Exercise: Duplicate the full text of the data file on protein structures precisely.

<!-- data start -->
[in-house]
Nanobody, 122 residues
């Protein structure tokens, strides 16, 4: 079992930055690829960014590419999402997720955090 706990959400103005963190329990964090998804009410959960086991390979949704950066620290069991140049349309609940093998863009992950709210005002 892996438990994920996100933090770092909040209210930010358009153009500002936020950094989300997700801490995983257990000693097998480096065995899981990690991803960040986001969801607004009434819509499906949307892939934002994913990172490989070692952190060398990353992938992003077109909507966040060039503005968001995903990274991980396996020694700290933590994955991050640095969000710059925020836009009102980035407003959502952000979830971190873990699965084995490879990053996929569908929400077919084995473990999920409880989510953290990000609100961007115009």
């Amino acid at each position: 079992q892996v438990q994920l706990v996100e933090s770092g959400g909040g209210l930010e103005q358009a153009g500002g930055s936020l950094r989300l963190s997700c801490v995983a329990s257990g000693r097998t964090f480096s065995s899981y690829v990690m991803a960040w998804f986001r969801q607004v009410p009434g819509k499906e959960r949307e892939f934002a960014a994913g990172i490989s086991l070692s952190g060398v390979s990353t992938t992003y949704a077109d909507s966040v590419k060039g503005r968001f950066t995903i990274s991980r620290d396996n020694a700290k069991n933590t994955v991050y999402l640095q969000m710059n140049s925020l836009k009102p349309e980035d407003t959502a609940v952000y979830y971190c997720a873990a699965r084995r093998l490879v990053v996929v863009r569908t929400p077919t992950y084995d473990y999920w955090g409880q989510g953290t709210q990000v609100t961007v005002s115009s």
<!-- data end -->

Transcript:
[in-house]
Nanobody, 122 residues
């Protein structure tokens, strides 16, 4: 079992930055690829960014590419999402997720955090 706990959400103005963190329990964090998804009410959960086991390979949704950066620290069991140049349309609940093998863009992950709210005002 892996438990994920996100933090770092909040209210930010358009153009500002936020950094989300997700801490995983257990000693097998480096065995899981990690991803960040986001969801607004009434819509499906949307892939934002994913990172490989070692952190060398990353992938992003077109909507966040060039503005968001995903990274991980396996020694700290933590994955991050640095969000710059925020836009009102980035407003959502952000979830971190873990699965084995490879990053996929569908929400077919084995473990999920409880989510953290990000609100961007115009």
């Amino acid at each position: 079992q892996v438990q994920l706990v996100e933090s770092g959400g909040g209210l930010e103005q358009a153009g500002g930055s936020l950094r989300l963190s997700c801490v995983a329990s257990g000693r097998t964090f480096s065995s899981y690829v990690m991803a960040w998804f986001r969801q607004v009410p009434g819509k499906e959960r949307e892939f934002a960014a994913g990172i490989s086991l070692s952190g060398v390979s990353t992938t992003y949704a077109d909507s966040v590419k060039g503005r968001f950066t995903i990274s991980r620290d396996n020694a700290k069991n933590t994955v991050y999402l640095q969000m710059n140049s925020l836009k009102p349309e980035d407003t959502a609940v952000y979830y971190c997720a873990a699965r084995r093998l490879v990053v996929v863009r569908t929400p077919t992950y084995d473990y999920w955090g409880q989510g953290t709210q990000v609100t961007v005002s115009s």